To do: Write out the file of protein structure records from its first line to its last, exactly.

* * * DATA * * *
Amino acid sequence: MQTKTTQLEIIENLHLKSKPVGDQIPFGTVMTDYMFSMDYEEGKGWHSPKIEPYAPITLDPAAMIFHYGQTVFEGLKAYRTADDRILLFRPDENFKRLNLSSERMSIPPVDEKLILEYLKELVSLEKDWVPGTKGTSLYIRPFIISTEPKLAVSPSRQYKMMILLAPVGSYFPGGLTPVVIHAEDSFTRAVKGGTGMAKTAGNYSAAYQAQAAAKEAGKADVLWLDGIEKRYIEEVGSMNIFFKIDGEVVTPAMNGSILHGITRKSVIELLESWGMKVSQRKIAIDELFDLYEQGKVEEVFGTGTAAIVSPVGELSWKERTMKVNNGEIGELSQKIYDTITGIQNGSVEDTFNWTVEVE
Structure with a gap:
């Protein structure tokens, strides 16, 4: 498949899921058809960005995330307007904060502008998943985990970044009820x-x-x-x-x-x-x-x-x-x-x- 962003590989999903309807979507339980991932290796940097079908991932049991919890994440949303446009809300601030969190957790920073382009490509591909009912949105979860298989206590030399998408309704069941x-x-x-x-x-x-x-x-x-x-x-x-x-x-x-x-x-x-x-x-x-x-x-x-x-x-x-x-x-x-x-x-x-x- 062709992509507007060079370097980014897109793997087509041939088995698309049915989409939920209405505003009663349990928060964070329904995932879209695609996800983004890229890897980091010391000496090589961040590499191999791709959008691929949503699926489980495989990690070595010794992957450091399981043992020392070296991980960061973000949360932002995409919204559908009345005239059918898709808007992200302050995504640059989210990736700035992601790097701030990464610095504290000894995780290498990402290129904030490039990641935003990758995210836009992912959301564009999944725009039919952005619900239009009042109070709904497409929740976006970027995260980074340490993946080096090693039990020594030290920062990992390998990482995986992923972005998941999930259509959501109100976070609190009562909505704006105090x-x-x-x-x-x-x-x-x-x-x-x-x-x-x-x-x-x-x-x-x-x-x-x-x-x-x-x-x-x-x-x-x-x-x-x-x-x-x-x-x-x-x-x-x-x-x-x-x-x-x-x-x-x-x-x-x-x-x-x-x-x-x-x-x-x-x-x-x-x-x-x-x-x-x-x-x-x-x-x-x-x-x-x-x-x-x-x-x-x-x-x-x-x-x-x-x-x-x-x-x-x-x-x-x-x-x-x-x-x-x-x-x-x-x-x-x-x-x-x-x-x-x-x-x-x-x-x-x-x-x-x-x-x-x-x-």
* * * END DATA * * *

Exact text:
Amino acid sequence: MQTKTTQLEIIENLHLKSKPVGDQIPFGTVMTDYMFSMDYEEGKGWHSPKIEPYAPITLDPAAMIFHYGQTVFEGLKAYRTADDRILLFRPDENFKRLNLSSERMSIPPVDEKLILEYLKELVSLEKDWVPGTKGTSLYIRPFIISTEPKLAVSPSRQYKMMILLAPVGSYFPGGLTPVVIHAEDSFTRAVKGGTGMAKTAGNYSAAYQAQAAAKEAGKADVLWLDGIEKRYIEEVGSMNIFFKIDGEVVTPAMNGSILHGITRKSVIELLESWGMKVSQRKIAIDELFDLYEQGKVEEVFGTGTAAIVSPVGELSWKERTMKVNNGEIGELSQKIYDTITGIQNGSVEDTFNWTVEVE
Structure with a gap:
């Protein structure tokens, strides 16, 4: 498949899921058809960005995330307007904060502008998943985990970044009820x-x-x-x-x-x-x-x-x-x-x- 962003590989999903309807979507339980991932290796940097079908991932049991919890994440949303446009809300601030969190957790920073382009490509591909009912949105979860298989206590030399998408309704069941x-x-x-x-x-x-x-x-x-x-x-x-x-x-x-x-x-x-x-x-x-x-x-x-x-x-x-x-x-x-x-x-x-x- 062709992509507007060079370097980014897109793997087509041939088995698309049915989409939920209405505003009663349990928060964070329904995932879209695609996800983004890229890897980091010391000496090589961040590499191999791709959008691929949503699926489980495989990690070595010794992957450091399981043992020392070296991980960061973000949360932002995409919204559908009345005239059918898709808007992200302050995504640059989210990736700035992601790097701030990464610095504290000894995780290498990402290129904030490039990641935003990758995210836009992912959301564009999944725009039919952005619900239009009042109070709904497409929740976006970027995260980074340490993946080096090693039990020594030290920062990992390998990482995986992923972005998941999930259509959501109100976070609190009562909505704006105090x-x-x-x-x-x-x-x-x-x-x-x-x-x-x-x-x-x-x-x-x-x-x-x-x-x-x-x-x-x-x-x-x-x-x-x-x-x-x-x-x-x-x-x-x-x-x-x-x-x-x-x-x-x-x-x-x-x-x-x-x-x-x-x-x-x-x-x-x-x-x-x-x-x-x-x-x-x-x-x-x-x-x-x-x-x-x-x-x-x-x-x-x-x-x-x-x-x-x-x-x-x-x-x-x-x-x-x-x-x-x-x-x-x-x-x-x-x-x-x-x-x-x-x-x-x-x-x-x-x-x-x-x-x-x-x-």